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u able to sustain the magnitude of compensatory hyperinsulinemia needed to prevent gross decompensation of glucose tolerance.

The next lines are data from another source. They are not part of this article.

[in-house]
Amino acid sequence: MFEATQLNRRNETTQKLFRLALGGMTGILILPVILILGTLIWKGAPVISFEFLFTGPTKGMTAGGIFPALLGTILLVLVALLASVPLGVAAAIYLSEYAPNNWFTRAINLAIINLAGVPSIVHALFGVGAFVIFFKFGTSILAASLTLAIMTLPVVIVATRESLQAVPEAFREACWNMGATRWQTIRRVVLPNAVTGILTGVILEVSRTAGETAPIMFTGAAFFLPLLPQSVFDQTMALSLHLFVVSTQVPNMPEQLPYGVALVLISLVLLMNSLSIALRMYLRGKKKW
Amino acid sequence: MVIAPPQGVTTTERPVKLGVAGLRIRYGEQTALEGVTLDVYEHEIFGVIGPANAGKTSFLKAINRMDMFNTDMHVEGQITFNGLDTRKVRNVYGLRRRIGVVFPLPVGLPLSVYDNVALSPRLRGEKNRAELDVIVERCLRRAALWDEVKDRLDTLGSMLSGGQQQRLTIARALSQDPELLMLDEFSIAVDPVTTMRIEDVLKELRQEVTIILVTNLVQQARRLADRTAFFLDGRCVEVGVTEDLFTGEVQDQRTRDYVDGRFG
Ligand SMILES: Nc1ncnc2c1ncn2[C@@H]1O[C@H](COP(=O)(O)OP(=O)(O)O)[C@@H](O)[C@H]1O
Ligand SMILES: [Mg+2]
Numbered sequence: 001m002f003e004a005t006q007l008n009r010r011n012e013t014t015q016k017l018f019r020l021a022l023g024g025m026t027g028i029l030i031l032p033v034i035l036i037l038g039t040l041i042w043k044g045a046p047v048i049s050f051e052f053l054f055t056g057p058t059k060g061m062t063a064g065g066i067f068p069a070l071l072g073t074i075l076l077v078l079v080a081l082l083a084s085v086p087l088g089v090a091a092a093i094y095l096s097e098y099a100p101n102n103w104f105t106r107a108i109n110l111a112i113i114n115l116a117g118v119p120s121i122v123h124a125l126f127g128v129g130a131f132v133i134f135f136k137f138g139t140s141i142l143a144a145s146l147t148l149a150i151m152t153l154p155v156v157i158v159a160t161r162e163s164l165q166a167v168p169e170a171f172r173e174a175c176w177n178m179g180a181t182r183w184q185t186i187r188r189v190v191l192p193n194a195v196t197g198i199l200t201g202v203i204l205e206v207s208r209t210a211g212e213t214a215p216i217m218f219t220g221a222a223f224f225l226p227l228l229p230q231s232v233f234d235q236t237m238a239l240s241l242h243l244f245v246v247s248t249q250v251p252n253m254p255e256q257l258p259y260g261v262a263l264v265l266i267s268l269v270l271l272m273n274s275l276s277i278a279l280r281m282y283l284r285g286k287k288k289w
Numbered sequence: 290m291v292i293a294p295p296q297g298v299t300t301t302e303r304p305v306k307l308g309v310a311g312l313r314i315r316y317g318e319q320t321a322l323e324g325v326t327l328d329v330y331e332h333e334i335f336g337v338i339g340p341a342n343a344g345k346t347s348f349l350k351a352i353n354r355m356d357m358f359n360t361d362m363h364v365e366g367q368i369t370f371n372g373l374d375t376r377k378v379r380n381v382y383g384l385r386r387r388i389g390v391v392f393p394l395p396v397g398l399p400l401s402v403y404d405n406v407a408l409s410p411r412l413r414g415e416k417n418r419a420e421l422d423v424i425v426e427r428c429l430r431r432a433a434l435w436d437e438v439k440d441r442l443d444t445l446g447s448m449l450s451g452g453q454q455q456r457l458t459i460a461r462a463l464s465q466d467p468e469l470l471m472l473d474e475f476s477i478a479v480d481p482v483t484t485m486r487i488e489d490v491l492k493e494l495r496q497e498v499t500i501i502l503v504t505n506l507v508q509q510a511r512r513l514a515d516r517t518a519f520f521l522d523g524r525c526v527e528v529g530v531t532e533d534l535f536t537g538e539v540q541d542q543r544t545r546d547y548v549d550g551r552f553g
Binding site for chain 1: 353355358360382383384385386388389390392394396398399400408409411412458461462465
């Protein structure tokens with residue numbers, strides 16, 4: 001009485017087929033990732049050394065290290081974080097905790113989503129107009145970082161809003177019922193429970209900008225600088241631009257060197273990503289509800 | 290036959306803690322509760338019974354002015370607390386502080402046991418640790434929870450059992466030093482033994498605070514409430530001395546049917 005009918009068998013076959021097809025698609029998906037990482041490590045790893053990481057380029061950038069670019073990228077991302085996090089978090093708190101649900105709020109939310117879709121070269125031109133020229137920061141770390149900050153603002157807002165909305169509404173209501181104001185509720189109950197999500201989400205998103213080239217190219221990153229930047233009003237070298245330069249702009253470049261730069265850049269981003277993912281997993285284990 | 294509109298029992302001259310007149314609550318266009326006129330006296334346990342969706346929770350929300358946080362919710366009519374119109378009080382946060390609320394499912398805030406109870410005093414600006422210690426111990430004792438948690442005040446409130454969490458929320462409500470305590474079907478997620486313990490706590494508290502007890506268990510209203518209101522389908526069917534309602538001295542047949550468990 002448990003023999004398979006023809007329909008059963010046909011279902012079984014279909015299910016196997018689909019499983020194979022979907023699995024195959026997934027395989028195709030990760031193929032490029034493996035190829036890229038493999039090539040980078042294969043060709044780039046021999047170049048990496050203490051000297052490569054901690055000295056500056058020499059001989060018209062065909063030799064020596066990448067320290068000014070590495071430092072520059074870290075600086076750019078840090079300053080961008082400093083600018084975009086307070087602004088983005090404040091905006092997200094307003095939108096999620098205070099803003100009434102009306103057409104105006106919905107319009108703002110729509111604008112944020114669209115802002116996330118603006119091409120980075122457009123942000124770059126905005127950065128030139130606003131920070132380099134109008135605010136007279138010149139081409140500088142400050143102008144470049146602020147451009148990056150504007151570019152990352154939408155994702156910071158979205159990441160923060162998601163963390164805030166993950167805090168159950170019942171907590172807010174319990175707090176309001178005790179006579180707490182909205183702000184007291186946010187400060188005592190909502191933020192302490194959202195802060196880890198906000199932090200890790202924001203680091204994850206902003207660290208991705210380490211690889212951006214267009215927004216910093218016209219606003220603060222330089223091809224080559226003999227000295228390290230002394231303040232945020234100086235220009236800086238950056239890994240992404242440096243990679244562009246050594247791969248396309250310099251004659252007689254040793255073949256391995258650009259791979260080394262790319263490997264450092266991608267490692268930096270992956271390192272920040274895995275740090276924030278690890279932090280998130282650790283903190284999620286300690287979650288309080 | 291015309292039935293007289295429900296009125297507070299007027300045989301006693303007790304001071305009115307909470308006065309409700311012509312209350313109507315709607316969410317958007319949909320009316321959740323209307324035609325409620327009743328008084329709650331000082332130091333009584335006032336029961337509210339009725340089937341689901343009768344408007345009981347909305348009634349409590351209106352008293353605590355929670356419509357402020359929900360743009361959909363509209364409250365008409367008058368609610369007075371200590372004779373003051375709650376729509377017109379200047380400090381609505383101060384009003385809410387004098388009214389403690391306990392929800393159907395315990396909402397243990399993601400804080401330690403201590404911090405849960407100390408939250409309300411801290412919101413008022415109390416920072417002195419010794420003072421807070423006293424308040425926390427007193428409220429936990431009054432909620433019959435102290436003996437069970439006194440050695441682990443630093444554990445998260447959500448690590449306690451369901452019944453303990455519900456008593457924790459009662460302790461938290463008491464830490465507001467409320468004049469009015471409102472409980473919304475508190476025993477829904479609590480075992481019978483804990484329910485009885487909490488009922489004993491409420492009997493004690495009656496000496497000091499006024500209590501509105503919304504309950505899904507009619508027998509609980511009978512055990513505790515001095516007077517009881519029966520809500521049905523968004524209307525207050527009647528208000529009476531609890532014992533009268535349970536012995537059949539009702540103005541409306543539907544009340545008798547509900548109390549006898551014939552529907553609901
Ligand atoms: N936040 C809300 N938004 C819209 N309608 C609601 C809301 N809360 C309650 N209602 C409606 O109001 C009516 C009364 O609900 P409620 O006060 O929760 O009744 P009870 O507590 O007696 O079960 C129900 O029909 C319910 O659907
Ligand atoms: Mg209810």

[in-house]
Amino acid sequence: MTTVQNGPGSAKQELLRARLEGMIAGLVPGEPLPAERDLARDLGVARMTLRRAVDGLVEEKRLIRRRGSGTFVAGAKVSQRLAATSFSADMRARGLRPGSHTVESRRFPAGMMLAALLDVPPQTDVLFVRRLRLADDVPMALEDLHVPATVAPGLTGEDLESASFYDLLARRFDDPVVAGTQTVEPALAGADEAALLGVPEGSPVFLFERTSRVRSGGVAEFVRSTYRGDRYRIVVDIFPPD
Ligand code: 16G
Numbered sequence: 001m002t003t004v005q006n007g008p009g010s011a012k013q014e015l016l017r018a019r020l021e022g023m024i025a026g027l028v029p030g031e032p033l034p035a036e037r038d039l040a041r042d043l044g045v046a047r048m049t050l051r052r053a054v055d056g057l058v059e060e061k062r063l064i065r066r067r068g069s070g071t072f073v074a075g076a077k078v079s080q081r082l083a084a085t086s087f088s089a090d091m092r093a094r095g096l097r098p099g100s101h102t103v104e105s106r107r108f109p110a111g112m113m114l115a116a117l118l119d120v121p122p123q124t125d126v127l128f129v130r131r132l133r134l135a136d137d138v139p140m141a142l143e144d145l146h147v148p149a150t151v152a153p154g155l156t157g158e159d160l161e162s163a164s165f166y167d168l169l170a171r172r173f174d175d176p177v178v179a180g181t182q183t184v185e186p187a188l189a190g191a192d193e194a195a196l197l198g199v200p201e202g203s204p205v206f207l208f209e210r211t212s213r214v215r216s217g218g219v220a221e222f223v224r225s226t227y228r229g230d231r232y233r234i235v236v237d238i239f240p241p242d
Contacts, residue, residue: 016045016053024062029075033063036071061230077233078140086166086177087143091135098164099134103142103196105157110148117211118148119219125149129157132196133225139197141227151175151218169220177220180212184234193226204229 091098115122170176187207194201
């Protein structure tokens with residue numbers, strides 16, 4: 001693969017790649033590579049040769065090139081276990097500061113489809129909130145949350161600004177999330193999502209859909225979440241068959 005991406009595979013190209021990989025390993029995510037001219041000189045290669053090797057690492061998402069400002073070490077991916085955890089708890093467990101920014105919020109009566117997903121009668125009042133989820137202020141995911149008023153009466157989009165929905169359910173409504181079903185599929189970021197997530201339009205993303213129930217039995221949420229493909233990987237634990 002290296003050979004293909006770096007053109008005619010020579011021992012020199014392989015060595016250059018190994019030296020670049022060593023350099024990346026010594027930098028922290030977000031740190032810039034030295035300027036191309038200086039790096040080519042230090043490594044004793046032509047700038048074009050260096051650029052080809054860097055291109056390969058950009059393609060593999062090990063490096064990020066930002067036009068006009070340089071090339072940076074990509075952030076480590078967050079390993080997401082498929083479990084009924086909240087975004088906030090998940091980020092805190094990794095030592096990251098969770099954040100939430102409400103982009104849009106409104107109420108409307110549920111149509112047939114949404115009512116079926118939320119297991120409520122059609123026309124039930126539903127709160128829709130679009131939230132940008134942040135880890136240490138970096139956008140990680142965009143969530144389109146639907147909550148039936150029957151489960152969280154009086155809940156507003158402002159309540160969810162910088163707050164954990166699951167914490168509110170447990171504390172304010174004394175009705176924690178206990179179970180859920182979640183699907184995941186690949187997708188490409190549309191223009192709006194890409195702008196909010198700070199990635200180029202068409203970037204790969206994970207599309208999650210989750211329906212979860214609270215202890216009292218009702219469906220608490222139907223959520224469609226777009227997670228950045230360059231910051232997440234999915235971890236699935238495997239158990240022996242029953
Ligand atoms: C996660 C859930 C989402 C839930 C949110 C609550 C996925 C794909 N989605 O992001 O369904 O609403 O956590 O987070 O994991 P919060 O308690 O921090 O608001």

As commonly used, the phrase ''insulin resistance'' refers to a decrease in the ability of a defined amount of insulin to stimulate glucose disposal by muscle. However, there is no accepted criterion that permits a precise definition of the magnitude of the defect in insulin-stimulated glucose disposal by muscle that provides the means to designate a person as ''insulin sensitive'' or ''insulin resistant.'' Instead, as shown in Figure 1, insulin-stimulated glucose disposal rates in nondiabetic individuals vary continuously from the most insulin-sensitive to the most insulin-resistant individual, and the best we can do is to understand that the more insulin-resistant an individual, the more at risk they are of developing one or more of the manifestations of syndrome X. The variability of insulin-stimulated glucose disposal is 490 healthy volunteers is shown in Figure 1. These measurements were made with the insulin suppression test, an approach to quantify insulin-mediated glucose disposal by determining the steady-state plasma insulin (SSPI) and steady-state plasma glucose (SSPG) concentrations achieved during the last 30 min of a continuous infusion of octreotide, insulin, and glucose. The octreotide infusion suppresses endogenous insulin secretion, and the exogenous insulin infusion produces a steady-state level of physiological hyperinsuli-nemia. Because the SSPI concentration is similar for all subjects, the SSPG concentration provides a direct measure of the ability of insulin to mediate disposal of an infused glucose load; the higher the SSPG concentration, the more insulin resistant the individual.

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